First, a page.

The Defense Department announced today that Muhsin al Fadhli, a longtime al Qaeda operative from Kuwait, was killed on July 8 “in a kinetic strike” while “traveling in a vehicle near Sarmada, Syria.”
Al Fadhli was a leader in al Qaeda’s so-called “Khorasan Group,” a cadre of veteran jihadists from around the globe who relocated to Syria. They have been “plotting external attacks against the United States and its allies,” Navy Capt. Jeff Davis, the Defense Department’s press operations chief, said in a statement.
Al Fadhli was first targeted by US airstrikes in September 2014. Some accounts claimed at the time that he had been killed. Al Fadhli’s comrades in Syria, including a senior al Qaeda official known as Sanafi al Nasr, even mourned him on Twitter. But as The Long War Journal cautioned, Nasr’s claims should not be taken at face value. Nasr himself had supposedly been killed at one point, according to al Qaeda leaders on Twitter, only to reappear months later. Neither al Qaeda nor the US confirmed al Fadhli’s death following the 2014 bombings.
The Pentagon’s statement today is the latest indication that al Fadhli survived the airstrikes last September. The US has targeted the “Khorasan Group” on a number of occasions since then, including the strike that reportedly killed al Fadhli earlier this month.
While al Fadhli’s death would be a blow to al Qaeda’s network, other veterans remain active in Syria. For example, Sanafi al Nasr is a leader in the “Khorasan Group.”
According to US intelligence officials, al Qaeda emir Ayman al Zawahiri ordered trusted operatives from Afghanistan, Chechnya, Iran, Pakistan, Yemen, and North Africa to relocate to Syria. Some of them were trained by Ibrahim Asiri, an expert bomb maker who has designed sophisticated explosive devices for al Qaeda in the Arabian Peninsula (AQAP).
US officials publicly expressed their concerns about the “Khorasan Group” last year, saying that Al Fadhli and his fellow terrorists were identifying Western recruits and others with clean passports for attacks abroad. But counterterrorism officials had been tracking al Fadhli for years, especially after he was identified as a suspect in attacks on the US Marines on Faylaka Island in Kuwait and the French ship MV Limburg in 2002.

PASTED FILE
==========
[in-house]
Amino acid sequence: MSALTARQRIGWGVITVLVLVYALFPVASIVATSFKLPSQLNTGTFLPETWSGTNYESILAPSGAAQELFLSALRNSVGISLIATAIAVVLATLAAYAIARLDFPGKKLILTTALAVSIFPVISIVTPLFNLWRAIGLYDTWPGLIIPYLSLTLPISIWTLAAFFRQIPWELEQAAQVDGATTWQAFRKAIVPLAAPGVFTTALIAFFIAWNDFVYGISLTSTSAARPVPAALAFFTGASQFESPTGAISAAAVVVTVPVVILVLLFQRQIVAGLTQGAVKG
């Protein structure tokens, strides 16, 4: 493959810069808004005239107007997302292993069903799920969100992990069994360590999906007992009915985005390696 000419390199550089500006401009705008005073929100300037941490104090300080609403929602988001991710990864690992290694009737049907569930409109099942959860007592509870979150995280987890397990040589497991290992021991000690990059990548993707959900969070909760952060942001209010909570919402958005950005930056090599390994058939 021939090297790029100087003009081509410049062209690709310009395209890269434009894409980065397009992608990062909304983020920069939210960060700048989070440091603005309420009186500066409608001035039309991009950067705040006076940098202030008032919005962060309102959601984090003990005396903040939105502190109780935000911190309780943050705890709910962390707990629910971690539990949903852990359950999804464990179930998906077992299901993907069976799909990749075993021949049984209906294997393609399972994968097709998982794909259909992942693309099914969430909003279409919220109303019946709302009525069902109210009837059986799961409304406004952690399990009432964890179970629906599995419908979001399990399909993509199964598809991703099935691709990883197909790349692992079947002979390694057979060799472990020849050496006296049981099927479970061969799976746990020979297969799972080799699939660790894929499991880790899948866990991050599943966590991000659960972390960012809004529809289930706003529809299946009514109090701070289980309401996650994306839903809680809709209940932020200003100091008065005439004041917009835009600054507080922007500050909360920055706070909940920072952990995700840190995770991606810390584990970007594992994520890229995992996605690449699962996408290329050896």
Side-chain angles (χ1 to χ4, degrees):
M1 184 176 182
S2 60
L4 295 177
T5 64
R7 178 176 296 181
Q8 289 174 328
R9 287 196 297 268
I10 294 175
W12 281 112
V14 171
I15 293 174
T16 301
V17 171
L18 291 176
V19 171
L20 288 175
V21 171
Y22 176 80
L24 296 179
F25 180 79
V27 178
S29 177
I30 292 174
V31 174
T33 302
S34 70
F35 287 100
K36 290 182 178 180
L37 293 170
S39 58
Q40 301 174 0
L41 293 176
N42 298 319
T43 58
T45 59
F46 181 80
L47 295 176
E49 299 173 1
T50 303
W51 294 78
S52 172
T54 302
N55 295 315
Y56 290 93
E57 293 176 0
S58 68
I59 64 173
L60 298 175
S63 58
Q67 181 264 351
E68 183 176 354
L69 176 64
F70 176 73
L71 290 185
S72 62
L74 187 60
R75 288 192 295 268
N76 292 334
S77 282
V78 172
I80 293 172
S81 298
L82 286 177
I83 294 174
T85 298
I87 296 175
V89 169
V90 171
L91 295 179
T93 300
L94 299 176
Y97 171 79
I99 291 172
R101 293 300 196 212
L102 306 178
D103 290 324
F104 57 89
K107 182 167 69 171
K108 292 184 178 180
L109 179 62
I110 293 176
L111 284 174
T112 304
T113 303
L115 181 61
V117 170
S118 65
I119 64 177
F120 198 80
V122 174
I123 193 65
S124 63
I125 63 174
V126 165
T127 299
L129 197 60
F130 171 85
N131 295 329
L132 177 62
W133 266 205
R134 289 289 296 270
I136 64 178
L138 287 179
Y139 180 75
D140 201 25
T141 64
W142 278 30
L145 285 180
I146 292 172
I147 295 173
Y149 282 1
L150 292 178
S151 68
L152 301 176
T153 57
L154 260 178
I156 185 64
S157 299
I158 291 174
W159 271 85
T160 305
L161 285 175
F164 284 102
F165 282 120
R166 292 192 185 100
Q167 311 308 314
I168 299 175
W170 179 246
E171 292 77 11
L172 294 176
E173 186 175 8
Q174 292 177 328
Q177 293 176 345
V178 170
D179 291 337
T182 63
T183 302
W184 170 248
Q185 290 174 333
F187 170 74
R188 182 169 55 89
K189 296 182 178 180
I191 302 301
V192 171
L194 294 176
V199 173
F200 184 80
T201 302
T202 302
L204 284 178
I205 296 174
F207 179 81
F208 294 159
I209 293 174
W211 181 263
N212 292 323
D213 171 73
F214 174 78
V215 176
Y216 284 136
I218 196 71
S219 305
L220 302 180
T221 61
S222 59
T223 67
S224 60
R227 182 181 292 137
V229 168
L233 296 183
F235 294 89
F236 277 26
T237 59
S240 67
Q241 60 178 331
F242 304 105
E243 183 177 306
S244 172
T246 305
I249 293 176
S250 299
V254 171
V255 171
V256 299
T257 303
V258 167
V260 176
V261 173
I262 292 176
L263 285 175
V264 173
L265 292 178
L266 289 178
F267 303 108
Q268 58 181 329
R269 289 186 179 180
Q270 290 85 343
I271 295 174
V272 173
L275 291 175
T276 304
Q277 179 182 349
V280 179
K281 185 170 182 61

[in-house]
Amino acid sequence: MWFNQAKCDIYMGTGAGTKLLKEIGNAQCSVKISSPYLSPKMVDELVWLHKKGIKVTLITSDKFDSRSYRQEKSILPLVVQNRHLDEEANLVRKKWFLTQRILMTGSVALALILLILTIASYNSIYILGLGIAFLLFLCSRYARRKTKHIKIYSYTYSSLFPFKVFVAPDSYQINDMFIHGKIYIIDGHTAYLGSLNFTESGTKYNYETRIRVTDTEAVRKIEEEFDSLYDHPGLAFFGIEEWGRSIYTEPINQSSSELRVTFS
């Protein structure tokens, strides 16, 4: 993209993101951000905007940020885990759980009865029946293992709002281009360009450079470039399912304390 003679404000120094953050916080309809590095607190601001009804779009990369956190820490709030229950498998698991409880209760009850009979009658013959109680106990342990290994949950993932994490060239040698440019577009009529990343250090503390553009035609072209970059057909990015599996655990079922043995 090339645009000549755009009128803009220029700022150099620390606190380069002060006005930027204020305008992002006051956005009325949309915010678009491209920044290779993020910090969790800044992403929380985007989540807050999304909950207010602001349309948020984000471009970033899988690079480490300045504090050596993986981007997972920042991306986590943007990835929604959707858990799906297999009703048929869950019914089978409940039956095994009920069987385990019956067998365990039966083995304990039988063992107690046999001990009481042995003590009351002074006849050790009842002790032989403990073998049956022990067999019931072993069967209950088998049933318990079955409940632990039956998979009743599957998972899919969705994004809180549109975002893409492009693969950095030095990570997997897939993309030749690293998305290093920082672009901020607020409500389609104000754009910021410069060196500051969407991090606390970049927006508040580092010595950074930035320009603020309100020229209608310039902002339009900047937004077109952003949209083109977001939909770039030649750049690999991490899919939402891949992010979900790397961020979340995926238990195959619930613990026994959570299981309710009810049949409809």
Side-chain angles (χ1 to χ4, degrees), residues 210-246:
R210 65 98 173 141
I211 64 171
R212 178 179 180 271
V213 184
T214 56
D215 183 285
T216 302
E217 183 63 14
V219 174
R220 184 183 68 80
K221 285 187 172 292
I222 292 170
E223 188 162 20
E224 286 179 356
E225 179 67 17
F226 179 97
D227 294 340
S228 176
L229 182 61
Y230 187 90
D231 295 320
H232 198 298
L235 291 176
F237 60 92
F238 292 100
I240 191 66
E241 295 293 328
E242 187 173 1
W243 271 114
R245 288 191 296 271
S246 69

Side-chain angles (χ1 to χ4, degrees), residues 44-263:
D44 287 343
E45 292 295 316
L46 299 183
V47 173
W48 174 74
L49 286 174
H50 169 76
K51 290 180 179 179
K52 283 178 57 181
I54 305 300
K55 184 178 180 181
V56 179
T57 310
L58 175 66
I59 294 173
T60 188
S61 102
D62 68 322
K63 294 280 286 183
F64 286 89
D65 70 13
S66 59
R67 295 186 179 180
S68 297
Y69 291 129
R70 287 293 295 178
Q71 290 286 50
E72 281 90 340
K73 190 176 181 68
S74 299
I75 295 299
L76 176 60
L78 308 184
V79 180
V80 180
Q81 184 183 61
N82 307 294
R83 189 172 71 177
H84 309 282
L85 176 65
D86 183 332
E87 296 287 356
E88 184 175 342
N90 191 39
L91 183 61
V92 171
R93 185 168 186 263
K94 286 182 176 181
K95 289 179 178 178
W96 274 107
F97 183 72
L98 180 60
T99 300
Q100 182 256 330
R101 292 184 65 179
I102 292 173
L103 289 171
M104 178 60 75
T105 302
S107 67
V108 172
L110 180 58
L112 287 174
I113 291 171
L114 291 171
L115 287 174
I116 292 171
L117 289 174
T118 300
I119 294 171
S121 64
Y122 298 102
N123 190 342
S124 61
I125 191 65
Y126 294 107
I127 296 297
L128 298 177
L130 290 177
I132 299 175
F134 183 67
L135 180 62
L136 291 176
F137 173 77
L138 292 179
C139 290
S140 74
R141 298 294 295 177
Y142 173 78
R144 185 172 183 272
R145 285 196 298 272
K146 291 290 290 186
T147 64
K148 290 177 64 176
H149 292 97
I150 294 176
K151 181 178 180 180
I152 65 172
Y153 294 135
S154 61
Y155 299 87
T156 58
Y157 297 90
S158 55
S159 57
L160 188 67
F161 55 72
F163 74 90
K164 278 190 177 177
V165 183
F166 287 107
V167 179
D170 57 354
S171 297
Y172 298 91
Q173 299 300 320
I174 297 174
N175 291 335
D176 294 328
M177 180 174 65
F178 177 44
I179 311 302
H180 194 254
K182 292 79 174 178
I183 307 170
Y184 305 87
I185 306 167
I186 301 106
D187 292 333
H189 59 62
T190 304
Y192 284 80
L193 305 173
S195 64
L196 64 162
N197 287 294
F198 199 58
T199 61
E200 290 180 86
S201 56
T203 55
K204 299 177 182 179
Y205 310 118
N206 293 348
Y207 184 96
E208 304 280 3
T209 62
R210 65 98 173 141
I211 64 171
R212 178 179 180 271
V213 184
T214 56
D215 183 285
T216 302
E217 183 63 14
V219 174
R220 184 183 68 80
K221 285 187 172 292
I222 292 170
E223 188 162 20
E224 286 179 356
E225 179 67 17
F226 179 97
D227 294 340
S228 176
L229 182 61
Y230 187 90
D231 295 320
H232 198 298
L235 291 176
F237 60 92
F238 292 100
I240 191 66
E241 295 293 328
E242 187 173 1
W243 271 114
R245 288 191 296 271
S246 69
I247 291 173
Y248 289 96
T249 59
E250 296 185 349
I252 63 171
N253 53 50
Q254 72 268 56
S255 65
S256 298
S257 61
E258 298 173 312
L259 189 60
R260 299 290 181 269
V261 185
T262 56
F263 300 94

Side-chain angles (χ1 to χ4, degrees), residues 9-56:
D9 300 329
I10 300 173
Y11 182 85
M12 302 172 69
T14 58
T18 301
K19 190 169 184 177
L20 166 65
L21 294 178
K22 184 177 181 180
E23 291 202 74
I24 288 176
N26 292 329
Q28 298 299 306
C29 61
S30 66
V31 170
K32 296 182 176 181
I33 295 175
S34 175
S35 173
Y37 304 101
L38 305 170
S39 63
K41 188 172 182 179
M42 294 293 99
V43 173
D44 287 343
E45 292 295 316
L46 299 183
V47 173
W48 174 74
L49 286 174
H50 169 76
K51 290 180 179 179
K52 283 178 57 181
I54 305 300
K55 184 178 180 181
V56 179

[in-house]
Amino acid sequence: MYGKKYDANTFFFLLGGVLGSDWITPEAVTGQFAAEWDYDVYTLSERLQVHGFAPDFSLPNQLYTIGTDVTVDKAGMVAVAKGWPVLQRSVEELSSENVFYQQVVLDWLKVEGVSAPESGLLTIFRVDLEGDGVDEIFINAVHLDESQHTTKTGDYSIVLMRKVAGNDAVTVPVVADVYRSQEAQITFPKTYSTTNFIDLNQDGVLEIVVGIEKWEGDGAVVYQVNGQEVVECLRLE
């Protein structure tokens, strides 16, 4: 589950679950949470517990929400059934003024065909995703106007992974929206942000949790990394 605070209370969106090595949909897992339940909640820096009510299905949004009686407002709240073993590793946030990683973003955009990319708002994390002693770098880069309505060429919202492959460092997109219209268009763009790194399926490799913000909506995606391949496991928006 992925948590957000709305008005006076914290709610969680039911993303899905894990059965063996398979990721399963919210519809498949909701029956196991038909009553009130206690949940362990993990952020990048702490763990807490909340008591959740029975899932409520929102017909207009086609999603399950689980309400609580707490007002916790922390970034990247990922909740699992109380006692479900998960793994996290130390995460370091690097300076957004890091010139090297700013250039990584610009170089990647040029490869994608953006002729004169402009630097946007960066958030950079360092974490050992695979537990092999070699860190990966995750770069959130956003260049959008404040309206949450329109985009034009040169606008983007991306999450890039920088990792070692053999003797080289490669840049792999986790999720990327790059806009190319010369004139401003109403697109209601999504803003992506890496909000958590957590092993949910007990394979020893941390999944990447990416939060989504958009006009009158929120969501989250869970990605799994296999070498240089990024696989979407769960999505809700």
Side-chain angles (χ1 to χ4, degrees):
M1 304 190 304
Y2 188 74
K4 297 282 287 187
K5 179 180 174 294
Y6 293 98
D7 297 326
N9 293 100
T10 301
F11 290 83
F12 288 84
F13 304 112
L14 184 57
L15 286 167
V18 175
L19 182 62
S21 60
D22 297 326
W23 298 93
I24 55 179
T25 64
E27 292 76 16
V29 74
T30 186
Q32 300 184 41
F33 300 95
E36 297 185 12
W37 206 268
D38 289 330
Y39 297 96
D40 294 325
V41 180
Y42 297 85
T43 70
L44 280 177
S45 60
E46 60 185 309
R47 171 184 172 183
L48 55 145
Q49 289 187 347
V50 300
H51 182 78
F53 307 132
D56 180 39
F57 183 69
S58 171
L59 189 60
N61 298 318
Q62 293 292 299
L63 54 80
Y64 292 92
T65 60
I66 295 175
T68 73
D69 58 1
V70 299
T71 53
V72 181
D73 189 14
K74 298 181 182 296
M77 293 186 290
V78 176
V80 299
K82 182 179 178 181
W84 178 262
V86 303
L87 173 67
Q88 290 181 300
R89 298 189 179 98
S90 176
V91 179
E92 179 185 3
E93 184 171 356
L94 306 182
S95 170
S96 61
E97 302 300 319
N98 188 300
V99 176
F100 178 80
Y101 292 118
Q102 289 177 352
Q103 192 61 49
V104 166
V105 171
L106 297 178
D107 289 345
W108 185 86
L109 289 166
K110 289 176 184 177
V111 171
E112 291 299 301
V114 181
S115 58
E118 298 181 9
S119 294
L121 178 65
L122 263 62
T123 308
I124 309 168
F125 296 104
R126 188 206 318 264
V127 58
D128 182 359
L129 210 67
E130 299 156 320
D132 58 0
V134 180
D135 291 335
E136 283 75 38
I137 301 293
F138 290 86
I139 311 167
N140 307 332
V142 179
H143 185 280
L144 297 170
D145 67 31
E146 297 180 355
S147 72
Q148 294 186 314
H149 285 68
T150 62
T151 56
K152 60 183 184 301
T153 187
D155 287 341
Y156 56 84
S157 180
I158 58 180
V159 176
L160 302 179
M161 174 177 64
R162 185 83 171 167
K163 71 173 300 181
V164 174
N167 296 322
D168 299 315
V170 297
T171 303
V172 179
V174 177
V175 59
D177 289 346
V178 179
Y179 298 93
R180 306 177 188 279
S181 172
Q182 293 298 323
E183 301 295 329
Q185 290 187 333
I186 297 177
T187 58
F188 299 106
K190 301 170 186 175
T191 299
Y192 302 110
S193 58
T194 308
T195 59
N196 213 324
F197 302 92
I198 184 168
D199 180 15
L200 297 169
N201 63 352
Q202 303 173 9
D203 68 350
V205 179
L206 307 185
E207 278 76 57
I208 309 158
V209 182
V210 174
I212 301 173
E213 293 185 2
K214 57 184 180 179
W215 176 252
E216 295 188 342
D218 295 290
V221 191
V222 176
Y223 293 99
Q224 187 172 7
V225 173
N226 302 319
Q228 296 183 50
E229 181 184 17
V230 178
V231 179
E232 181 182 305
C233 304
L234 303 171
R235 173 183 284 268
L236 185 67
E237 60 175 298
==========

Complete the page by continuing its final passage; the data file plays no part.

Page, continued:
A decade later, in 2012, al Fadhli became the head of al Qaeda’s operations in Iran. Al Fadhli replaced another senior al Qaeda leader, Yasin al Suri, in that role after the US government made al Suri one of the world’s most wanted men.
In July 2011, the US Treasury Department identified al Suri as the head of the Iran-based network, saying it exists as part of an agreement between the Iranian regime and al Qaeda. Several months later, in December 2011, the State Department announced a reward of $10 million for information leading to al Suri’s arrest.
This put pressure on the Iranians to shelve al Suri for a time. In February 2012, press reporting indicated that al Fadhli had replaced al Suri as al Qaeda’s chief inside Iran. And in October 2012 the Treasury Department said that al Fadhli had indeed filled in for al Suri.
But in early 2014 the US government announced that al Suri had assumed his leadership role inside Iran once again. Treasury and State Department officials spoke with Al Jazeera, saying that al Suri was supporting the Al Nusrah Front from Iranian soil despite the fact that Al Nusrah, an official branch of al Qaeda, is at war with Iran’s ally and proxies in Syria. In early February 2014, the Treasury Department announced that al Suri had “resumed leadership of al Qaeda’s Iran-based network after being temporarily detained there in late 2011.”
With al Suri back in the game, al Qaeda had the operational freedom to deploy al Fadhli to Syria. The Long War Journal confirmed in March 2014 that he had in fact relocated from Iran to Syria, where he worked with the Al Nusrah Front.
Al Fadhli has been connected to at least one specific plot against Western interests in recent years. In May 2013, Egyptian officials alleged that al Qaeda operatives were targeting the US Embassy in Cairo and other Western facilities inside Egypt. The planned attack was tied to a terrorist known as “Dawud al Asadi,” who had been in contact with the cell responsible during the months beforehand.
Dawud al Asadi was one of the aliases used by Muhsin al Fadhli. According to the Egyptians, al Asadi (al Fadhli) put members of the cell in contact with Muhammad Jamal al Kashef, a longtime subordinate to al Qaeda emir Ayman al Zawahiri, as well as with other members of Jamal’s network.
Although al Fadhli was thought to be in Iran when the plot against the US Embassy plot was disrupted, he may have already relocated to Syria.
Among al Fadhli’s other duties, he reportedly assisted the effort to reconcile the Islamic State with the Al Nusrah Front and other jihadist groups. That effort failed, but al Fadhli carried on, eventually finding himself in the crosshairs of American missiles.
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